As the summer months approach, I wanted to take a few moments to touch base with you, the DRR community and bring you up to speed on our season to date. In the two months since my last On the Road, we’ve had a lot of well documented success. I picked up what was probably the biggest win of my career at the Spring Fling Million in Las Vegas. As part of that trip, I also took Super Comp runner-up honors at the national event at the same facility. A month later, I added a Super Comp Win at the NHRA Southern Nationals in Atlanta. Pretty incredible stuff. As I mentioned, all of that has been pretty well documented; but there is always more to the story than the results. That’s what On the Road is for!
DRR Ultimate Series:
Our 2017 season got started at the DragRaceResults.com Ultimate Series at Huntsville Dragway. I got there early to make some test runs on Thursday, as nothing in our trailer had been down the race track since 2016. Although there were a few hiccups on test day, I was pleased (and pleasantly surprised) to get three cars down the race track without anything significant falling off! Thursday night, the on-track action got started with a gamblers race, which I elected to enter in my Racing RV’s Corvette. Why the Corvette, and not one of the dragsters? Because going 4.80’s in a buggy is FUN!
Back at the track after a long winter
The reason that I mention the Gambler’s race is because after 20 years of racing, you’d think I would have figured out all the ways to lose. That’s not to say I don’t duplicate them on the regular, but it’s kinda rare that I find a new way to screw up. In my first loss of the season, I did…
If you’ve ever been to Huntsville Dragway, you know that the return road runs parallel to the race track on the right side, and it’s elevated a little bit, so returning cars are coming up the road just feet right of the shutdown area, and you can see them above the wall. On Thursday night, they had some issues with the lighting in the shutdown area – they were working on the lights, and it was really dark…
In round 2, I’m paired with Allen Wickell, and he’s fast. He’s dialed 4.40-something to my 4.80-something. Mind you, I’m in a buggy running 4.80’s, it’s my 4th run of the season, and it’s dark. So, for a variety of reasons, I kinda want to pay attention to where I’m going. I’m in the right lane, I’m holding .01, and when I let go I think “ooh, that’s good.” I leave, look up, and see my win light on the right guardrail in the darkness of the shutdown area. Cool, he went red! At that point, I go into time trial mode, and focus on making sure that I keep the Racing RV’s whip centered up in the groove to make a good run. I never looked over at Allen. Why would I? As we approach the finish line, something looks off but I can’t really pinpoint it. As we hit the stripe, I look up at the scoreboard and see that I’m .011 under. Then I see HIS win light come one. Wait, what? Immediately, I see a dragster coming up the return road… with one head light.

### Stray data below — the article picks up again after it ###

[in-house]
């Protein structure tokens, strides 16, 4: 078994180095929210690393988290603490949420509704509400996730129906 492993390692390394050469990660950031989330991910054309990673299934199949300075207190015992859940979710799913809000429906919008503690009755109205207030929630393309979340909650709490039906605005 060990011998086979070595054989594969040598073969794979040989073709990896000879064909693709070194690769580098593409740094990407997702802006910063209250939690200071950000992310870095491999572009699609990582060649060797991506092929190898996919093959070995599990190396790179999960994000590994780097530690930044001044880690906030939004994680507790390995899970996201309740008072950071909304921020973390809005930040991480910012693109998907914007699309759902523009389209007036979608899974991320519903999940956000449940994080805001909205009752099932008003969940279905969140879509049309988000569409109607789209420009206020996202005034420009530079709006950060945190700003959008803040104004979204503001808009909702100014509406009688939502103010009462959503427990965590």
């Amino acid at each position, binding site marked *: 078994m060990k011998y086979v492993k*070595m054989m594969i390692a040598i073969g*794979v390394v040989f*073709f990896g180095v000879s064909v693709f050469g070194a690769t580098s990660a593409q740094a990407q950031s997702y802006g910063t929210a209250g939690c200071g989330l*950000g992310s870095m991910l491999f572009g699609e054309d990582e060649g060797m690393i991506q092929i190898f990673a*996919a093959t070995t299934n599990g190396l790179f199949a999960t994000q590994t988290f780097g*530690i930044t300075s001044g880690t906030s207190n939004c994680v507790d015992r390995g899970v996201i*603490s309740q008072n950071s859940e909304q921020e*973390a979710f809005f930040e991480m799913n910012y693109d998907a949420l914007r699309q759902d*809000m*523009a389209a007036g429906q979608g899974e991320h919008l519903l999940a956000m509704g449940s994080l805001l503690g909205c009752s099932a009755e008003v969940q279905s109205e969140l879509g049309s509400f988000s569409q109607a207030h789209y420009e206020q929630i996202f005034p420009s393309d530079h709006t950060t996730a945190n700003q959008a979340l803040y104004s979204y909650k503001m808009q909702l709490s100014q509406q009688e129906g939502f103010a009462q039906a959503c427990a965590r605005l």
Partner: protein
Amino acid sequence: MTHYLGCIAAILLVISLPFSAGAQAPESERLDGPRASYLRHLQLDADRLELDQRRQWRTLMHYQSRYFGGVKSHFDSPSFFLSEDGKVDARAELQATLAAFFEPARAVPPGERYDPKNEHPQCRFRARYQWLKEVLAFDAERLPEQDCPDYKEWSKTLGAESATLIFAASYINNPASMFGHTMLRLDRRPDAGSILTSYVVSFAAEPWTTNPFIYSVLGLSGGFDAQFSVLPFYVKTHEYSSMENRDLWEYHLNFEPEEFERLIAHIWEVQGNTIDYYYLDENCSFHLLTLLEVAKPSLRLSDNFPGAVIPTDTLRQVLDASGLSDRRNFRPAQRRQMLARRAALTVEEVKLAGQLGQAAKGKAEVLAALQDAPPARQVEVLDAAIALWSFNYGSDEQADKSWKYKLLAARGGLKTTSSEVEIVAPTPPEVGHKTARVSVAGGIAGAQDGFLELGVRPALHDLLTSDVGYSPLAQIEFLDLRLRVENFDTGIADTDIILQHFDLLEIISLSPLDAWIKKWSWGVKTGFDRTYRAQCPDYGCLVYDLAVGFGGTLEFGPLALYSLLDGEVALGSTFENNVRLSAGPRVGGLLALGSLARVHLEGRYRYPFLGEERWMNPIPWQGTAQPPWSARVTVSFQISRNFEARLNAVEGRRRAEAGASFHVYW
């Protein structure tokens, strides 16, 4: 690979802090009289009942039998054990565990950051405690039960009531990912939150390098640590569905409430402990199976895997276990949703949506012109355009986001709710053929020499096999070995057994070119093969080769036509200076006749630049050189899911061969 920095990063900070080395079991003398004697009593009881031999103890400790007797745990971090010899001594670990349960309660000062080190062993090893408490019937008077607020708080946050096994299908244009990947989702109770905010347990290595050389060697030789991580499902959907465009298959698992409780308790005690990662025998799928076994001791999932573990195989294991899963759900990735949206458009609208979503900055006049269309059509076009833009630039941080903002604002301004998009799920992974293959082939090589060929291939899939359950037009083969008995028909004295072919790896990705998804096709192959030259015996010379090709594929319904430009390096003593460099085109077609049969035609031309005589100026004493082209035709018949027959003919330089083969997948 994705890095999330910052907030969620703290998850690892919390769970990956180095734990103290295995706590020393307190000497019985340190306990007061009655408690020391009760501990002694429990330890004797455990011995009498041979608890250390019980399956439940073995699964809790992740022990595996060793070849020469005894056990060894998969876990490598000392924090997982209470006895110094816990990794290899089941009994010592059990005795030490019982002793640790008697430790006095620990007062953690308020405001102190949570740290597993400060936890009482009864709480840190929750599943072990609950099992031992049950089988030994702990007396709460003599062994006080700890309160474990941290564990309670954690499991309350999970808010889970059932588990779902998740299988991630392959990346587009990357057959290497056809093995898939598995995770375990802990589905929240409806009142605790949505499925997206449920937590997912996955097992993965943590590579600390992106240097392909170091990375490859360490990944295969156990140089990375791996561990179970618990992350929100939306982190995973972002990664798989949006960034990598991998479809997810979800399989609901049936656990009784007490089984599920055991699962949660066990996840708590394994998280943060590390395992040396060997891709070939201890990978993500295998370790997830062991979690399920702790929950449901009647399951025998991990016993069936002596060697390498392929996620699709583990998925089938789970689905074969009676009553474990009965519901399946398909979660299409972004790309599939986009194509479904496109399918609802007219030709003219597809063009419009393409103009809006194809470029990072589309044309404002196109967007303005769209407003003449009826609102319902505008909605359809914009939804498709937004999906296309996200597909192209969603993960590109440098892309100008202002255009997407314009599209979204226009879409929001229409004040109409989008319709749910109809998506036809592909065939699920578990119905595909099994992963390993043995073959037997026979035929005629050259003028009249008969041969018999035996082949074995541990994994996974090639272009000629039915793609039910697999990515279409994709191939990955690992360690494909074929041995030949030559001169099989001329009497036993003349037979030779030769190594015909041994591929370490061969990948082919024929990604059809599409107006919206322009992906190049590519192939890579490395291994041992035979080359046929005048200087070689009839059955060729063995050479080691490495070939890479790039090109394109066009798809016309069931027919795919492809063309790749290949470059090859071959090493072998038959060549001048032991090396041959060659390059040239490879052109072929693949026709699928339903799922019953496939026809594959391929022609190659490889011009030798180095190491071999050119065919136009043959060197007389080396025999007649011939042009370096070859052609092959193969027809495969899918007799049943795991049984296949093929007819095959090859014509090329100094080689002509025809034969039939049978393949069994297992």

In the darkness at the end of the track, I assumed that head light was my win light (in my defense, the win light mounted atop the wall is at almost the exact same height as the head light of the dragster coming back up the return road). To add insult: I was .006 to Allen’s .040. He was .01 above. I was .011 under wide open (again, thinking I was holding .01), .050+ in front. That’s a hero time slip right there!
The rest of the weekend wasn’t too notable. We got plenty of rain. We actually finished Friday’s $25,000-to-win event, but Jessica and I both lost early. We had all three entries still in the Saturday $50k and the Sunday $25k when the races were stopped; but we weren’t very deep into eliminations of either race. I packed everything up, sent Jess, Gary and my father-in-law Jack home to Illinois, and began my journey west.
Sunday evening, I hopped on Interstate 40 near Memphis. From there, it’s an easy drive. I-40 from Memphis to Kingman, AZ – just keep on going forward! Then from Kingman, it’s about 2 hours up over the Mountain and the Hoover Dam to Las Vegas. It was actually an enjoyable trip; I broke it up into three days and took it pretty easy. After making that trip in a 400,000+ mile dually, I gotta admit riding in the luxury of my Racing RV’s coach has me pretty spoiled!
Once I arrived in Las Vegas, I was greeted by wind. And I mean wind like I’ve never seen before. At the 2016 Spring Fling Million, I thought the wind was brutal: it was a pretty constant 35-40 mph crosswind the entire day of the Million. That was child’s play. The Thursday prior to the national event, my weather station recorded a 78 mph gust. That’s like a weak tornado! There were porta potties and trash barrels flying all over the pits; bouncing off of trailers and trucks, and anything else in the way. There was at least one overturned semi on the interstate. Trees were down. I was inside the coach, with the leveling jacks down, and at one point it felt like it was going on its side. Crazy stuff!
Las Vegas Nationals:
First, the bad. I made a pretty solid run in the opening round of Super Gas to get busted (I think I was .010 take .013 on my opponents drop - or something in that range, and nowhere close to winning).